Monday, 1 January 2018

Flashback 2017: Landmark Economic Reforms Unleashed this Year

The year 2017 has been an important year for the Indian economy in many ways. The incumbent Narendra Modi government has brought in some key economic reforms which have become a talking point all over the world. It has been a mixed year for the government as far as the Indian economy is concerned. While the government has pushed ahead with reforms that it sees as necessary for the good health of the economy in the long run, the short-term impact of the reforms has also been felt in good measure.

The historic year is divided into two equal halves: The pre-GST era and the post-GST era, when at the stroke of midnight on June 30 and July 1, the Goods and Service Tax (GST), the biggest tax reform since independence was launched by then-President Pranab Mukherjee and Prime Minister Narendra Modi from the historic central hall of parliament after a 14-year-long struggle.

The government managed to implement the Goods and Services Tax, touted as the single biggest taxation reform in the country. However, the structural reform came accompanied with pain for trade and industry caught off-gaurd by the rigours of new compliance procedures and translated into the lowest quarterly GDP growth figures under the Narendra Modi government. The large scale inventory clearance had caused an economy-wide slowdown, pulling down overall Gross Domestic Product (GDP) growth to a 13-quarter low of 5.7 per cent in the quarter-ended June. Thereafter, GDP growth raced faster in July-September at 6.3 per cent as companies shrugged off the inventory disruptions. While implementation of GST became a thorny issue, but the tax reform as a whole was welcomed by the industry.

However, the concerns over the GST and demonetisation did little to affect the equity markets, with the Sensex hitting record highs to breach the 34,000 mark thanks to ample global liquidity and rising inflows into mutual funds as the cash economy moved to organised channels after demonetisation. It was also a bumper year for stock market debutants, with as many as 37 initial public offerings raising more than Rs. 71,300 crore.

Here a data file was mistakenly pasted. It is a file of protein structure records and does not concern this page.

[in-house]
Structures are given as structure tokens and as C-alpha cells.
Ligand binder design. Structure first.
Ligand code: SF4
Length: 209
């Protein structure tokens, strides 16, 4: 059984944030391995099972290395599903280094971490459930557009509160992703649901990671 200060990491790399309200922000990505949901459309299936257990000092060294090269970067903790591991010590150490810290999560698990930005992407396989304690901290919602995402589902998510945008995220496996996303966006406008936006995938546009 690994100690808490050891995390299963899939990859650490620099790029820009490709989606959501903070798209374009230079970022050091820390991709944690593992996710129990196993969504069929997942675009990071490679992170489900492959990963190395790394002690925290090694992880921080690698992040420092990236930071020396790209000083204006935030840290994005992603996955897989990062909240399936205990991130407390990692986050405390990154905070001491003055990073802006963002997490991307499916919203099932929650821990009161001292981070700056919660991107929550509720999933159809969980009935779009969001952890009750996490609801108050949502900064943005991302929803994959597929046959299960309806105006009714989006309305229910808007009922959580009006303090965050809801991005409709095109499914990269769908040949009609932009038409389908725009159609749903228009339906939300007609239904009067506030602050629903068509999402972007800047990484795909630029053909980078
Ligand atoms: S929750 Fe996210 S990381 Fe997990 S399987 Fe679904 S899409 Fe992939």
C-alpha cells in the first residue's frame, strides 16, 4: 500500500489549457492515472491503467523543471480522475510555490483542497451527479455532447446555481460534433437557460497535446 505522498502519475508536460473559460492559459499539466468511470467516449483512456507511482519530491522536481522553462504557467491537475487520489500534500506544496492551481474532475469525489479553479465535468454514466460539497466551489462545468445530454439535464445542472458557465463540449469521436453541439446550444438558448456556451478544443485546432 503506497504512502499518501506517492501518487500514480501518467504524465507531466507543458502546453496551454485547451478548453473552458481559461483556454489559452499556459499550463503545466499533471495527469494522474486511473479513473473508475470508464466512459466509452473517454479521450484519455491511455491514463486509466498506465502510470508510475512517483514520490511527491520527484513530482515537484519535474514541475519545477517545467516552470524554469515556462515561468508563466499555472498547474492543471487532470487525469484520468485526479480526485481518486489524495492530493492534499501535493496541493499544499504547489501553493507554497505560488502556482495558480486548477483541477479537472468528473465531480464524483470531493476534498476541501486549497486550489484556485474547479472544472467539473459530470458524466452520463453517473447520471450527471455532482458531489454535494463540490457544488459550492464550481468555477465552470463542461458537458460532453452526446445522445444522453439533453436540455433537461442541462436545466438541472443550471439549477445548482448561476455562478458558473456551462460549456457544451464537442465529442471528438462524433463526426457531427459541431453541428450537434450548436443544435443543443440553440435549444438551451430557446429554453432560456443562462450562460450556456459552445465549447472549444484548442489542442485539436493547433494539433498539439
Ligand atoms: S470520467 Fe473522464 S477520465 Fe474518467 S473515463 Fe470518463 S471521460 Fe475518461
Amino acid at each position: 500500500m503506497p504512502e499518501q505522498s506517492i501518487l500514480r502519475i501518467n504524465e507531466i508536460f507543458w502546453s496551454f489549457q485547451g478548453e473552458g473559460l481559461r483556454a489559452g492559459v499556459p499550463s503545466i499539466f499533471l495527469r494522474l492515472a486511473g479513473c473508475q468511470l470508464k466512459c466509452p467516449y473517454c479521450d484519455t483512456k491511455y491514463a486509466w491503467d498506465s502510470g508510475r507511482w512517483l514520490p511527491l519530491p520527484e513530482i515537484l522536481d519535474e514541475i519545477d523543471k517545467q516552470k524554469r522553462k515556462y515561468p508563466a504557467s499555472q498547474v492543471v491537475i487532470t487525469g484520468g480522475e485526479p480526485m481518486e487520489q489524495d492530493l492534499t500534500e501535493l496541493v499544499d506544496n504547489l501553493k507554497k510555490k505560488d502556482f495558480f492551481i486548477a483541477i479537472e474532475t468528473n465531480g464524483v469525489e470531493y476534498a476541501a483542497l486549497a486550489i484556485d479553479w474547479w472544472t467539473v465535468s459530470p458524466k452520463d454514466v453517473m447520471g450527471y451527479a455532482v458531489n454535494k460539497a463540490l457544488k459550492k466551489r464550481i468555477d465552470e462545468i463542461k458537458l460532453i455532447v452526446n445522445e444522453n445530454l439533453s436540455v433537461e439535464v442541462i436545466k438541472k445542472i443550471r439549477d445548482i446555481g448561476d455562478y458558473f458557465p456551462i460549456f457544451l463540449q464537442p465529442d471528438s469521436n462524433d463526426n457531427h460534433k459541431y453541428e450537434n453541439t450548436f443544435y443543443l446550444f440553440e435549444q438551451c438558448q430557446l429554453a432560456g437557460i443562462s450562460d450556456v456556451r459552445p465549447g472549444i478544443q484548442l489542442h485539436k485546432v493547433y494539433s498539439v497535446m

The other big change was dynamic fuel pricing. Starting June this year, India joined the league of select countries like the US and Australia where fuel prices are revised on a daily basis. The three state-owned oil marketing companies (OMCs) -- Indian Oil, Bharat Petroleum Corporation and Hindustan Petroleum Corporation are since rolling-out the daily dynamic pricing mechanism for petrol and diesel. Under the dynamic pricing scheme, petrol and diesel prices are revised on a daily basis in sync with global crude oil prices.

Earlier this year, a steep rise in petrol and diesel prices despite crude prices staying relatively low stirred up a row.

In October this year, the Finance ministry announced a mega Rs. 2.11 lakh crore recapitalisation plan for PSU banks over the next two years. Of the Rs. 2.11 lakh crore recapitalisation plan, FM Arun Jaitley said that Rs. 1.35 lakh crore would come from recapitalisation bonds, Rs. 18,139 crore from the Centre's budgetary funds and the remaining Rs. 58,000 crore would be mopped up from capital market by diluting the government's equity.

The icing on the cake came with the World Bank announcing earlier this year that India had jumped 30 places in its Ease of Doing Business rankings to find itself among the top 100 countries on the list. 

Latin Manharlal Group

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